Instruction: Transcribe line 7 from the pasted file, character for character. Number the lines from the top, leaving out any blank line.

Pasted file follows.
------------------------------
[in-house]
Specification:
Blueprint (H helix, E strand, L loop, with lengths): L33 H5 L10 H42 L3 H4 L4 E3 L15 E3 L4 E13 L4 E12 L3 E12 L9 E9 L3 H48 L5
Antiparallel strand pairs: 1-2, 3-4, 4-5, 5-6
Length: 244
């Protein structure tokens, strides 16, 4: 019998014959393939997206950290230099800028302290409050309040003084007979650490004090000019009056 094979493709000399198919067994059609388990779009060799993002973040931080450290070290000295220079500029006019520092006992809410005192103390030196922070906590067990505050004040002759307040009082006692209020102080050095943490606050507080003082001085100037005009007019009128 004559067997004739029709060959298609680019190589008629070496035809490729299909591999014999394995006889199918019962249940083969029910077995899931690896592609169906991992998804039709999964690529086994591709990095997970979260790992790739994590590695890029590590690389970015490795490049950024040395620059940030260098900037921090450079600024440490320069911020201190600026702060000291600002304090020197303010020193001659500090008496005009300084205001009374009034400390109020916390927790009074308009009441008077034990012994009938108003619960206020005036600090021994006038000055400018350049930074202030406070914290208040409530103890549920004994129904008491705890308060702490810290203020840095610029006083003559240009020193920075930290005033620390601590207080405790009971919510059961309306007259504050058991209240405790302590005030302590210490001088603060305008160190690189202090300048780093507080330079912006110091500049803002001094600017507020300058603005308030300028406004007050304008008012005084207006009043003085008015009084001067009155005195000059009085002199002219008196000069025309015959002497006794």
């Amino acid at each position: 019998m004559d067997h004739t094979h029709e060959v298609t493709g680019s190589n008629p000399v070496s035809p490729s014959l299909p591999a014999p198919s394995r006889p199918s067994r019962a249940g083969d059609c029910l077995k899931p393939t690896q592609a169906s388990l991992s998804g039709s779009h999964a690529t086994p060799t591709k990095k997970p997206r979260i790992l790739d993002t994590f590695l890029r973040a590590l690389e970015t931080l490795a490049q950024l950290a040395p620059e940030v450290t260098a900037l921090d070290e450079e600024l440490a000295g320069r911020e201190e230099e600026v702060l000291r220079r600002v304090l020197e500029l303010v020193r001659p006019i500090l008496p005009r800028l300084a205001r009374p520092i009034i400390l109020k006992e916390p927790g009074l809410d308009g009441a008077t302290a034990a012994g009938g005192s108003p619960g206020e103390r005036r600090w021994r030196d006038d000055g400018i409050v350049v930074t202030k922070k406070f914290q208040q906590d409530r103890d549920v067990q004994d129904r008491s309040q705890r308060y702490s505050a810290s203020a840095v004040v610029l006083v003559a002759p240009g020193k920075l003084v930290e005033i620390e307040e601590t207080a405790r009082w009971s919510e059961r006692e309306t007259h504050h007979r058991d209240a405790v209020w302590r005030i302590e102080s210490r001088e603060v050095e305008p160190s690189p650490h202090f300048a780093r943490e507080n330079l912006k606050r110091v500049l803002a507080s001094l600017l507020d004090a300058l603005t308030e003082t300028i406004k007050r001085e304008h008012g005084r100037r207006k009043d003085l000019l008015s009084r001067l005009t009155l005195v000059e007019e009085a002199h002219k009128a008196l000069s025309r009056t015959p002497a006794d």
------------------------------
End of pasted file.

């Amino acid at each position: 019998m004559d067997h004739t094979h029709e060959v298609t493709g680019s190589n008629p000399v070496s035809p490729s014959l299909p591999a014999p198919s394995r006889p199918s067994r019962a249940g083969d059609c029910l077995k899931p393939t690896q592609a169906s388990l991992s998804g039709s779009h999964a690529t086994p060799t591709k990095k997970p997206r979260i790992l790739d993002t994590f590695l890029r973040a590590l690389e970015t931080l490795a490049q950024l950290a040395p620059e940030v450290t260098a900037l921090d070290e450079e600024l440490a000295g320069r911020e201190e230099e600026v702060l000291r220079r600002v304090l020197e500029l303010v020193r001659p006019i500090l008496p005009r800028l300084a205001r009374p520092i009034i400390l109020k006992e916390p927790g009074l809410d308009g009441a008077t302290a034990a012994g009938g005192s108003p619960g206020e103390r005036r600090w021994r030196d006038d000055g400018i409050v350049v930074t202030k922070k406070f914290q208040q906590d409530r103890d549920v067990q004994d129904r008491s309040q705890r308060y702490s505050a810290s203020a840095v004040v610029l006083v003559a002759p240009g020193k920075l003084v930290e005033i620390e307040e601590t207080a405790r009082w009971s919510e059961r006692e309306t007259h504050h007979r058991d209240a405790v209020w302590r005030i302590e102080s210490r001088e603060v050095e305008p160190s690189p650490h202090f300048a780093r943490e507080n330079l912006k606050r110091v500049l803002a507080s001094l600017l507020d004090a300058l603005t308030e003082t300028i406004k007050r001085e304008h008012g005084r100037r207006k009043d003085l000019l008015s009084r001067l005009t009155l005195v000059e007019e009085a002199h002219k009128a008196l000069s025309r009056t015959p002497a006794d």